Exelon agrees to $200 million settlement for impact of Conowingo Dam, Bay Journal, Tim Wheeler & Jeremy Cox, October 30, 2019
The Lower Susquehanna Riverkeeper Association and Waterkeepers Chesapeake had contended that the conditions originally imposed by the MDE didn’t go far enough to address the dam’s impacts.
Lower Susquehanna Riverkeeper Ted Evgeniadis said the groups had appealed the state’s conditions with hopes of getting more done to address the buildup of sediment behind the dam, which they feared could have devastating impacts if flushed over the dam by major floods. They had asked that Exelon be required to excavate at least 4 million cubic yards of sediment each year to reduce the buildup and offset the amount flowing through the dam each year.
But the agreement proposes just two projects that directly address that problem: a $500,000 study to determine options for managing dredged sediment and $250,000 annually to combat sediment scoured out from behind the dam during high flows. The state has separately launched a pilot project to dredge a small amount of sediment — 1,000 cubic yards — and test the feasibility of reusing it.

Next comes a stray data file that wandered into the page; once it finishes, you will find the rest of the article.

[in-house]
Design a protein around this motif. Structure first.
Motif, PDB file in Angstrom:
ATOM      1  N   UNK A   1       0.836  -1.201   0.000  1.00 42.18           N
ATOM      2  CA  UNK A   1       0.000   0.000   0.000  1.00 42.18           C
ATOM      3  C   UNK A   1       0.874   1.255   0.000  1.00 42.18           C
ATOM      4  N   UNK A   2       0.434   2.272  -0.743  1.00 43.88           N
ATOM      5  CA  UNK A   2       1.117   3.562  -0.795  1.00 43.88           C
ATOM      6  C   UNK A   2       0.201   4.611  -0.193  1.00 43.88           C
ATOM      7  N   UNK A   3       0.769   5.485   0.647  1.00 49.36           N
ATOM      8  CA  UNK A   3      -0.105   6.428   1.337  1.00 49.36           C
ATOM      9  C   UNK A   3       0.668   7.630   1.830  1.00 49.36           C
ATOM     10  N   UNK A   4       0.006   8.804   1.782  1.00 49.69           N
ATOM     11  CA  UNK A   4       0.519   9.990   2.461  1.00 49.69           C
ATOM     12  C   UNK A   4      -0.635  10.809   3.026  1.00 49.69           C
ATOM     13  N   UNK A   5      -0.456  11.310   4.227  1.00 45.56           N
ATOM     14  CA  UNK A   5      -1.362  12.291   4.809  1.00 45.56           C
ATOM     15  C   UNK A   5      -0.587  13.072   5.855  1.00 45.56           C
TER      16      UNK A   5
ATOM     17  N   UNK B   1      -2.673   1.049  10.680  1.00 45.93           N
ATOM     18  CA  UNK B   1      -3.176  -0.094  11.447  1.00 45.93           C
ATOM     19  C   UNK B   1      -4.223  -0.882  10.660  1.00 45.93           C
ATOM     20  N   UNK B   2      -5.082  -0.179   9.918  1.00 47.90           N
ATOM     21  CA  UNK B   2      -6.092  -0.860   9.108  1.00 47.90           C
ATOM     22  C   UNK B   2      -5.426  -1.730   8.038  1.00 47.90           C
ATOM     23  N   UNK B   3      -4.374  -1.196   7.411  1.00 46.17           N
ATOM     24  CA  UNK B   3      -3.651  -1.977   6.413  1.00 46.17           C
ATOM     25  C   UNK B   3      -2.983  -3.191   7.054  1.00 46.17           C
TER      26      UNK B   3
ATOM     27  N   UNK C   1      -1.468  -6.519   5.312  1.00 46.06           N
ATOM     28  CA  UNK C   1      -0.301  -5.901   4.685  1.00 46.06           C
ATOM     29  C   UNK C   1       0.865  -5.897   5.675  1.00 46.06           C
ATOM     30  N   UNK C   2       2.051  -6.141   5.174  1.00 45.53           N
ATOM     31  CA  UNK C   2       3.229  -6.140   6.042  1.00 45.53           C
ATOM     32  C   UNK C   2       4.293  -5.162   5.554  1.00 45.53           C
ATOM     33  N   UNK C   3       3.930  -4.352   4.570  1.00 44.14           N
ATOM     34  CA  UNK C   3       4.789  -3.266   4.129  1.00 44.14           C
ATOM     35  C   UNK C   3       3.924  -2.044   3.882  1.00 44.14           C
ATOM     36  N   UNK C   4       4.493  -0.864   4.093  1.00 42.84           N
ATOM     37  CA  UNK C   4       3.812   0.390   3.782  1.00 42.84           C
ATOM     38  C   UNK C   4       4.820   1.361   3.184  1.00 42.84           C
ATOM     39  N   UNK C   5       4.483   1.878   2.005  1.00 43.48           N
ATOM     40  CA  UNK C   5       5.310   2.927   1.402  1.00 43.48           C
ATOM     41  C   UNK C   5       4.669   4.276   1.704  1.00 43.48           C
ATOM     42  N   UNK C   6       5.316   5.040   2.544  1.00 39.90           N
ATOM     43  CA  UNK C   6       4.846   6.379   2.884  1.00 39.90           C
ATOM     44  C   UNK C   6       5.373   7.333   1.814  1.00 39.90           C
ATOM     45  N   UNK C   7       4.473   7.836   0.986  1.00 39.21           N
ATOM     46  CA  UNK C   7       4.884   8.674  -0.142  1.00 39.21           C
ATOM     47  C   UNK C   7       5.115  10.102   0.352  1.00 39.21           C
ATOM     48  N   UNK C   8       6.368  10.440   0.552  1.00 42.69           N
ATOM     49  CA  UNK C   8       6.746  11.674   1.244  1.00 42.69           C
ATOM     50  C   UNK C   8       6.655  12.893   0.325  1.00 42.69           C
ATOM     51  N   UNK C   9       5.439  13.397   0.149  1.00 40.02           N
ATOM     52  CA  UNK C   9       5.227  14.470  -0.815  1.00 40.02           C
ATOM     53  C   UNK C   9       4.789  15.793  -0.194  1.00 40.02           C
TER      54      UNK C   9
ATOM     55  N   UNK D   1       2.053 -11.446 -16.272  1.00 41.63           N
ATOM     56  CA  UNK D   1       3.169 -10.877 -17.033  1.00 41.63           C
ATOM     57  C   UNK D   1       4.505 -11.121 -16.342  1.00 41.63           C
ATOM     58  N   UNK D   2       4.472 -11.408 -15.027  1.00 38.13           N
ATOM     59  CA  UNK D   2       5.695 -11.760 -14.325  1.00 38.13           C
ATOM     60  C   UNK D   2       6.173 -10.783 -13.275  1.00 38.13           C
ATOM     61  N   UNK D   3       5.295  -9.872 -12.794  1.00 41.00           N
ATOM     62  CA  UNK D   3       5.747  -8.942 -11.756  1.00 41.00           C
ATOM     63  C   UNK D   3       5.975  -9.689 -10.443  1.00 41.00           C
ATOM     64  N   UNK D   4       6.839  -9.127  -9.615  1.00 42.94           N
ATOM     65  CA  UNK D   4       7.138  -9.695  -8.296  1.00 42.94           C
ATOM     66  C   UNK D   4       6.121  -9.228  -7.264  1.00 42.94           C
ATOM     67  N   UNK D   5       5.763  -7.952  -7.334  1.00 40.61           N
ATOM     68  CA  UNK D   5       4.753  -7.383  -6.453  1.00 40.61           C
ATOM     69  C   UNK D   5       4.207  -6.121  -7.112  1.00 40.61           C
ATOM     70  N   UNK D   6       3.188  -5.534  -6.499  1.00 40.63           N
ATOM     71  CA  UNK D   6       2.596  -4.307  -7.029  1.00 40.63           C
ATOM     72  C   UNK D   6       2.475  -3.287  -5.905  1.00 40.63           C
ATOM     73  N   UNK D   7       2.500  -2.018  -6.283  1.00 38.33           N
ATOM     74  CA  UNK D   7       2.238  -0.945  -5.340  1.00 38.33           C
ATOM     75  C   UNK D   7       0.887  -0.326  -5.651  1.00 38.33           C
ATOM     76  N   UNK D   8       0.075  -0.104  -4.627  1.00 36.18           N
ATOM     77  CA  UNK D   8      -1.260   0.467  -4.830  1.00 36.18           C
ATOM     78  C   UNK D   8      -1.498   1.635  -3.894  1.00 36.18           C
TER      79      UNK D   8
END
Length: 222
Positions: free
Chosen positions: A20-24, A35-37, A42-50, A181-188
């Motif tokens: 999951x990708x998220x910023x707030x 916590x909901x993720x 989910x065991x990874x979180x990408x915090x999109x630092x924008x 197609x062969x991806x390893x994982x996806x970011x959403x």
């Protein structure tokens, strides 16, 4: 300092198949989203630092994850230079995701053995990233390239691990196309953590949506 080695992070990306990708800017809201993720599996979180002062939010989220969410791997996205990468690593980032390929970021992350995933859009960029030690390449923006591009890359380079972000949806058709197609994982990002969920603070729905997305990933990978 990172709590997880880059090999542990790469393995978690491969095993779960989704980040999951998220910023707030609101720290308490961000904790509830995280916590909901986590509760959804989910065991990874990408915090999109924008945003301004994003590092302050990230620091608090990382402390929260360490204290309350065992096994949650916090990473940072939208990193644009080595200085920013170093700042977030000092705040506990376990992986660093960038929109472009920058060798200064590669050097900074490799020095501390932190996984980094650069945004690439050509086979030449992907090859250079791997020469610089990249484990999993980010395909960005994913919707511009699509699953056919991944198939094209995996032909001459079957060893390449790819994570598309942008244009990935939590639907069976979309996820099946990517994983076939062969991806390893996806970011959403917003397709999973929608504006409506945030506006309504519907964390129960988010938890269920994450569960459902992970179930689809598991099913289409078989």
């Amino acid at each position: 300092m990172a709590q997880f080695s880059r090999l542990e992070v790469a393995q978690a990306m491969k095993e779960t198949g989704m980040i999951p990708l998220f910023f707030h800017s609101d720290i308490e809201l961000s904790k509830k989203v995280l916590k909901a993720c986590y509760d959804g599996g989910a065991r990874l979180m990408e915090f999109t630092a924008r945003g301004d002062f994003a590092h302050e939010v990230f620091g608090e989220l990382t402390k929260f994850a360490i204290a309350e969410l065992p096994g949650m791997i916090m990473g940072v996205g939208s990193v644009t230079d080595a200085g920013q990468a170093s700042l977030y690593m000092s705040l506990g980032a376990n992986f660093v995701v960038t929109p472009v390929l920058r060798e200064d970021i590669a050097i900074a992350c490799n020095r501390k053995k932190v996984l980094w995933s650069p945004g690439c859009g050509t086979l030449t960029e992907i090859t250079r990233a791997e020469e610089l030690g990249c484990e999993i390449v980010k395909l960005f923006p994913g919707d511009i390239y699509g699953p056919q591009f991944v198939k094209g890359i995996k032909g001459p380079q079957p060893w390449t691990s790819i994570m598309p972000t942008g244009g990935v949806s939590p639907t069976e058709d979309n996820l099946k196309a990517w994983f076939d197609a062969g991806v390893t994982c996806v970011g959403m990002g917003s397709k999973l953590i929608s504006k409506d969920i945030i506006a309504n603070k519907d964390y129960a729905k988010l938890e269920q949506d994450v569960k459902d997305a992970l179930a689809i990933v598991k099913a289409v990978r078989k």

The two groups’ leaders welcomed the $25 million commitment to restoring eastern elliptio mussels in the Susquehanna. Once the river’s most common mussel, their numbers have dwindled since the dam was finished — a decline that’s believed to be linked to the inability of American eels to get upriver past the dam. The mussel larvae attach themselves to eels before dropping off and growing.
The mussels are prodigious filter feeders, noted Betsy Nicholas, executive director of Waterkeepers Chesapeake, so their decline has hurt water quality.
“When you have a healthy mussel population, you have that filtration,” Nicholas said.
But Nicholas and Evgeniadis said they are concerned that many of the commitments in the settlement aren’t being written into the federal license and will only be enforced under the contract between the MDE and Exelon. Those actions include the $25 million mussel restoration project in the lower Susquehanna and $1 million toward eel passages and related research.
“We’d just like to lock down that uncertainty more,” she added, “and make sure the commitment to do these things actually happens.”
Grumbles said state officials hope that FERC will incorporate portions of the settlement into the dam’s operating license. But even if they don’t, he said, “we have an enforceable agreement with Exelon.”